On my recent review of Howling Wolf Orchestra’s “Speed Traps For The Bee Kingdom”
album, I stated that I thought that the album was recorded and possibly written in
pretty much a day or two.
That is obviously not the case with “Choreographed Man Of War.”
The songs are musically and lyrically crafted, much like the stuff
Robert Pollard was recording with Guided By Voices at the time.
“Isolation Drills” was released three months earlier.
On that album Bob’s songs were becoming moodier,
and dare I say, “Progressive.”
Not so much in the long endless soloing of some Prog bands,
but with more complex arrangements and changes.
If you think of it, GBV has always done that.
Look at “Over The Neptune/Mesh Gear Fox,” “Gold Heart Mountaintop Queen Directory”
or even “Break Even.”
“Choreographed Man Of War” has a grittier sound than “Isolation Drills”
which is part of its charm.
If I had to categorize the album,
I’d call it Garage/Psych/Prog.
The quality of the songs is great.
Of the many things that amazes me about Robert Pollard,
he will write and record these amazing songs,
and he’ll put them out as a limited release,
then move on to the next record.
“Choreographed Man Of War” is thirty-four minutes long.
Bob could have easily record a couple acoustic songs,
perhaps with his “buzzing’ one-stringer” and with no effort at all,
write another pop/rock gem and voila,’
the next Guided By Voices album.
But instead Bob makes another Gem for the fans.
This is definitely one of those albums.
“I Drove A Tank” which opens the album,
was also the first song on “Isolation Drills tour.
I love the gritty choppiness of the song.
Where there should be a solo, there’s a drone,
then Bob comes back with the ending vocal,
then in comes a cool “Wah” lead guitar, played by Greg Demos.
“She Saw The Shadow” starts with Bob on guitar,
and after almost a minute, the drums kick in,
play by Jimmy Macpherson.
Like most of these songs,
“Edison’s Memos” really should have been on a proper Guided By Voices album;
too much of a gem to be just get tossed off.
When I made the Garage/Psych/Prog comparison,
this is the song I was mostly referring to.
I love the structure of the song with its multiple parts
and Bob’s “megaphone’ sounding vocal in the middle.
Also performed on the “Isolation Drills” tour.
In the first few seconds of “7th Level Shutdown”,
one would think this song would be some weird atmospheric track,
but it blooms into a beautiful but somewhat noisy pop song.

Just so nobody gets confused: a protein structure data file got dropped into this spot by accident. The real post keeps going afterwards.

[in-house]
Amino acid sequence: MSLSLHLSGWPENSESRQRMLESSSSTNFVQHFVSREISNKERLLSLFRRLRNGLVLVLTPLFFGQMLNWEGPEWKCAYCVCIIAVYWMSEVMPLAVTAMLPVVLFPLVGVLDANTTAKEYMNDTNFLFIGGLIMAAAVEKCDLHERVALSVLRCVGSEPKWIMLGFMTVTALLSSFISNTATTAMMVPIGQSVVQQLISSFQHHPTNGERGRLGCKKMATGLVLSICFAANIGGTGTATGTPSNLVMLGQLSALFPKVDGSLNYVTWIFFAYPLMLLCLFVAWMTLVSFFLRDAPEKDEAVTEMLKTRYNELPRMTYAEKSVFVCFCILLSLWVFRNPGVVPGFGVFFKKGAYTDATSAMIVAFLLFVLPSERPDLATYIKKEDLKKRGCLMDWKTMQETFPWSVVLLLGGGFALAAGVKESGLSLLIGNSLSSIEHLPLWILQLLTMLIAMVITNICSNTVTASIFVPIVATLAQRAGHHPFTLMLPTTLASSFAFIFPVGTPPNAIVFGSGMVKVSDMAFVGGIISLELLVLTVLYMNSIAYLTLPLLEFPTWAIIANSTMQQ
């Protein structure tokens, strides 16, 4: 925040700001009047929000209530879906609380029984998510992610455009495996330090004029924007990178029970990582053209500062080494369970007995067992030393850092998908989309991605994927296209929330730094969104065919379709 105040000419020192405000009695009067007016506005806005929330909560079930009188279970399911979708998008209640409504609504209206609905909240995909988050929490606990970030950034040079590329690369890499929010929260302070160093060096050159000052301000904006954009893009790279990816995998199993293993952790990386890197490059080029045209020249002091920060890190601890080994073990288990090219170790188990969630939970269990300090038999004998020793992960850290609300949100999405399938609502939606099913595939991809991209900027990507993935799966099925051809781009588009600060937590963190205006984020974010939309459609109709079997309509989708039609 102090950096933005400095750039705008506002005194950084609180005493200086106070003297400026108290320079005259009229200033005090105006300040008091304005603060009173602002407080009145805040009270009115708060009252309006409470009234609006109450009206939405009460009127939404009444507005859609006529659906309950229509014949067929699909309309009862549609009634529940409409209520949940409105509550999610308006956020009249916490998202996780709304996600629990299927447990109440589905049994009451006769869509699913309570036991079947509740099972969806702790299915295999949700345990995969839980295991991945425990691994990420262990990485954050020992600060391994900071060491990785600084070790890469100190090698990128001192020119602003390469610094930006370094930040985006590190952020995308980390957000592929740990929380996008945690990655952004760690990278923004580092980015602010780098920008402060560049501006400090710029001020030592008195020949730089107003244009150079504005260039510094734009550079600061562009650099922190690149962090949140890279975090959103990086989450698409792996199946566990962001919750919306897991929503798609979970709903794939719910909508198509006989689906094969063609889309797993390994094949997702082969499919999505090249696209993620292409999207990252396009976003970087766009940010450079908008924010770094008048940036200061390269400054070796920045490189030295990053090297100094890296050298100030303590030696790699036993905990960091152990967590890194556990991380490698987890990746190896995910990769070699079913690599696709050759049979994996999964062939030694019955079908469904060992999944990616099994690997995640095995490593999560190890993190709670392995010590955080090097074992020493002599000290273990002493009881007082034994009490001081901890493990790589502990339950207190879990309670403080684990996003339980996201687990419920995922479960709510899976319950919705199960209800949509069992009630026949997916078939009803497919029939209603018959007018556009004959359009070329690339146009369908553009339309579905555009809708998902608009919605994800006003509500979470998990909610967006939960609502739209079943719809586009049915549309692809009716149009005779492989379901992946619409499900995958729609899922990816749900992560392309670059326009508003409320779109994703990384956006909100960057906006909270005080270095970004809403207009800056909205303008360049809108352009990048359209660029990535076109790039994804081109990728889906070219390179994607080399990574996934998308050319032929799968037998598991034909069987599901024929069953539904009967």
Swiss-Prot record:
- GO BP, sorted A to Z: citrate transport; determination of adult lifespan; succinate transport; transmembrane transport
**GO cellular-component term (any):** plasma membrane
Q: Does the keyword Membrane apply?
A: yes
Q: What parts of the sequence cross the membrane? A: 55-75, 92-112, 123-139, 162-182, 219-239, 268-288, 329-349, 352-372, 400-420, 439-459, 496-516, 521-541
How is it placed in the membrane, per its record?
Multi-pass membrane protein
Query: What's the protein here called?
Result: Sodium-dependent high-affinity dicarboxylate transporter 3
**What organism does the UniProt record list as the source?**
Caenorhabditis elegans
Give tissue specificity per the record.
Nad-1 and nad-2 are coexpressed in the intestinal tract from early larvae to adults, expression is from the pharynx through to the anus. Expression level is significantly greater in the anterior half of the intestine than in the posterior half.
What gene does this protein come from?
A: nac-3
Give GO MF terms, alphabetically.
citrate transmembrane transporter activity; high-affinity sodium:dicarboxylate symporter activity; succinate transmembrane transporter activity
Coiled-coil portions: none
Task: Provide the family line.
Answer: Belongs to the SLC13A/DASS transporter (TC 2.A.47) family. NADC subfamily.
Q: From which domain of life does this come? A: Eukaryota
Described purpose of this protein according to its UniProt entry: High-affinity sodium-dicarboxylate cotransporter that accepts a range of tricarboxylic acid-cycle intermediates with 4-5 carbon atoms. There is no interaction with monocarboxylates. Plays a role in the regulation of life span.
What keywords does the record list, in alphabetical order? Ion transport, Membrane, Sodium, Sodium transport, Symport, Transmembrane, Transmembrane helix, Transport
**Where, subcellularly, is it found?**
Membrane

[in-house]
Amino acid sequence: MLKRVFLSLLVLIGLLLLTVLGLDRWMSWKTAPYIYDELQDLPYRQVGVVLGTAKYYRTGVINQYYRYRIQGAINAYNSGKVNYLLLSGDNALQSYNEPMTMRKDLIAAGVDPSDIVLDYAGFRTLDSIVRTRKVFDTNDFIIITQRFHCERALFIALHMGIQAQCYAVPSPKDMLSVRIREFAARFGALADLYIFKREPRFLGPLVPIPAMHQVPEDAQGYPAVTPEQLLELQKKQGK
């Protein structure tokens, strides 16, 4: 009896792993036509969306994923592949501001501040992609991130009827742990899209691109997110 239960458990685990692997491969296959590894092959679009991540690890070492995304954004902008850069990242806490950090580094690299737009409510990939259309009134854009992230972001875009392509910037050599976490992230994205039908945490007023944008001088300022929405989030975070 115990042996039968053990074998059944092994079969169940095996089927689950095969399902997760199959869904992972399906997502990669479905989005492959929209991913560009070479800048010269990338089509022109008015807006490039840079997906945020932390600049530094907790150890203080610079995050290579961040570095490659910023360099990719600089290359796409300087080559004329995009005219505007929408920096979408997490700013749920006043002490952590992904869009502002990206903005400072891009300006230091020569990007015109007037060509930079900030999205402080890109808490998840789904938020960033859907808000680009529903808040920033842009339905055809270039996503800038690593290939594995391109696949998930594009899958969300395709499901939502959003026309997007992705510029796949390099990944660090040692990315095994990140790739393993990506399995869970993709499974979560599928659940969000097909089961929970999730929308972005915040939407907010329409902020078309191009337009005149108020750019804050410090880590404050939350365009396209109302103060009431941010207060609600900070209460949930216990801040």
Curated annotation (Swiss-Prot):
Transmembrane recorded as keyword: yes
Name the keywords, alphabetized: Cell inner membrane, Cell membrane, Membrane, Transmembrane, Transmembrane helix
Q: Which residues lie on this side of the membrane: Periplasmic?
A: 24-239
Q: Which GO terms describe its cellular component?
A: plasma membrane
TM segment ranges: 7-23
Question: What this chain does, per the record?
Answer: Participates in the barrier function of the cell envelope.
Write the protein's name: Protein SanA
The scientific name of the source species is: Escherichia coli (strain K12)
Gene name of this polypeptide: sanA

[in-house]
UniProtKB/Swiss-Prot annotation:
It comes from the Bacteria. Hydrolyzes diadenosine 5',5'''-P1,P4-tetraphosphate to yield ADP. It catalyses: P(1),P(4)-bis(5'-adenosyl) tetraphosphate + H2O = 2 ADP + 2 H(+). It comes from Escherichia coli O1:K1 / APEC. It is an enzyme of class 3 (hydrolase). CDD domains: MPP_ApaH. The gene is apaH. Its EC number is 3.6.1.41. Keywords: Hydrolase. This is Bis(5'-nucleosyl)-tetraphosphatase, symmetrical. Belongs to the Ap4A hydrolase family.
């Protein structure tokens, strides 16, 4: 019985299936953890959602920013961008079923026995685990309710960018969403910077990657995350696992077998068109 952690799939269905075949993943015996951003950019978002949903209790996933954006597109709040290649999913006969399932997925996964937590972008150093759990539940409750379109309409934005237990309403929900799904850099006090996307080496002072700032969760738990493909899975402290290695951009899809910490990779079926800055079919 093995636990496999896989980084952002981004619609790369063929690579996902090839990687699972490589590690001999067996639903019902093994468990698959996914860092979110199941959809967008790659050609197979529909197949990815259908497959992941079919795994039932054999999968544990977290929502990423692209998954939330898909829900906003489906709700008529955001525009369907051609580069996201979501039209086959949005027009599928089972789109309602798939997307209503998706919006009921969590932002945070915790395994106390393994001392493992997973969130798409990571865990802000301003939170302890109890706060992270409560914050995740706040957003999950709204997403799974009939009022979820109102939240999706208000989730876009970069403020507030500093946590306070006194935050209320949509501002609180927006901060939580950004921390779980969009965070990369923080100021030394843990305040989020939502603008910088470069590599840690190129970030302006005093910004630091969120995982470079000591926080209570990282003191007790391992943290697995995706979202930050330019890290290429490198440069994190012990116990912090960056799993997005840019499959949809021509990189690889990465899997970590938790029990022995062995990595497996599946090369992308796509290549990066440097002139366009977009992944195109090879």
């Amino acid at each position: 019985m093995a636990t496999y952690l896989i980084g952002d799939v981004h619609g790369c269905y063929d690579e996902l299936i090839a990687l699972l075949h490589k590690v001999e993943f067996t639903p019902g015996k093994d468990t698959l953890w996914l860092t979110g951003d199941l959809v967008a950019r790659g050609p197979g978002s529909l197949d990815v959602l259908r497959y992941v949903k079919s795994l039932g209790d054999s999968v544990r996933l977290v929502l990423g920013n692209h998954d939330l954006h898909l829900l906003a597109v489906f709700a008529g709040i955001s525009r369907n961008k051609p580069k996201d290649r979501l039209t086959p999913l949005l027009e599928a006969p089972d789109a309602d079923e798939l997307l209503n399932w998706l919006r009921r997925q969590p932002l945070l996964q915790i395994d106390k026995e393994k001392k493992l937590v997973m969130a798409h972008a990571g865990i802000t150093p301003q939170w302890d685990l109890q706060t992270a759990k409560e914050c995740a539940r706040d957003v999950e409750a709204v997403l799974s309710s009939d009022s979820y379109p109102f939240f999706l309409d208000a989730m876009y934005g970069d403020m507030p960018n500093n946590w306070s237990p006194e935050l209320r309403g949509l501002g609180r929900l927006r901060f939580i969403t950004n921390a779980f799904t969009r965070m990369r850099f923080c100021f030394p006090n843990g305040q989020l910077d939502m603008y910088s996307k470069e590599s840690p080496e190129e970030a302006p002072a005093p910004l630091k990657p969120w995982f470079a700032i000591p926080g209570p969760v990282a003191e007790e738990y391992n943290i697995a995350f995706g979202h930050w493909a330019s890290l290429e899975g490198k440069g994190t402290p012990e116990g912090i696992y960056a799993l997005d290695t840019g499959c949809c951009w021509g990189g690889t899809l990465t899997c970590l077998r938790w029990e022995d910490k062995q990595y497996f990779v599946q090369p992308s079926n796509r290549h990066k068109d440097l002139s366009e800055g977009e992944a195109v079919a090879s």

My only complaint is “40 Years to the Burning Bush,”
the intro is half the song, the rest of the song is great,
but right where you think it’s going to get to another part,
or at least repeat a part,
Not that it’s the first time Bob’s done that, lol.
“Aeriel” is 2/3rd instrumental with Bob strumming his guitar
with lots of echo,
then Bob comes in with a vocal and finally the band joins in.
Quite nice and weird at the same time.
“Citizen Fighter” is a choppy pop rocker, love the guitar and
Also love when he strums the strings then holds them and lets them ring.
Stands up with anything on GBV albums that came out in that era.
“Kickboxer Lightning” is one of those pop/rock songs that
Bob makes with seemingly no effort.
“Bally Hoo” though it’s not the last song,
it seems to be the album closer, with its refrain of “I Drove a Tank.”
This song is another case of the Garage/Psych/Prog paradigm;
which I love, right up my alley.
“Instrumental Beetle” which could be one of the longest songs, lengthwise,
that Bob has ever recorded, was performed live on the “Isolation Drills” tour.
Though not quite as long or irritating, it could be Bob’s “Sister Ray” lol.
But no really,
the song is Bob strumming away on his guitar with the bass and drums
pounding away while Bob sings a dreamy lyric.
About half way we hear a voice, not sure who.
Bob apparently he’s leaving a phone message to Bob,
while the guitar, bass and drums nosily play.
I kinda dig it, not something you usually hear on a GBV release.
Brilliant to end this album on sort of a noisy song.
To sum it up,
This album is Great!
Could of and should have been a regular GBV release or
at least a Pollard solo album.
Any fan of Guided By Voices especially the 2000 era,
should really search this album out.
If I listed my top ten albums of the Fading Captain Series,
not counting the singles, box sets, compilations or archival stuff,
“Choreographed Man Of War” would be in the top five,
and probably higher than five.
I just checked Rockathon,
they have it on cd for only Five Dollars,
If you don’t have it, why aren’t you ordering it now???
Here is the ad for it:
Choreographed Man of War 2001 CD - $5
10 kick ass Pollard originals recorded in Dayton, Ohio January 2001.
The Soft Rock Renegades are: the venerable Greg Demos (bass, lead gtr)
and Jim Macpherson (drums), Bob handles (of course) vocals and guitar.
If you are still there and not ordering it,
you must already own it.
If not, GO!!!!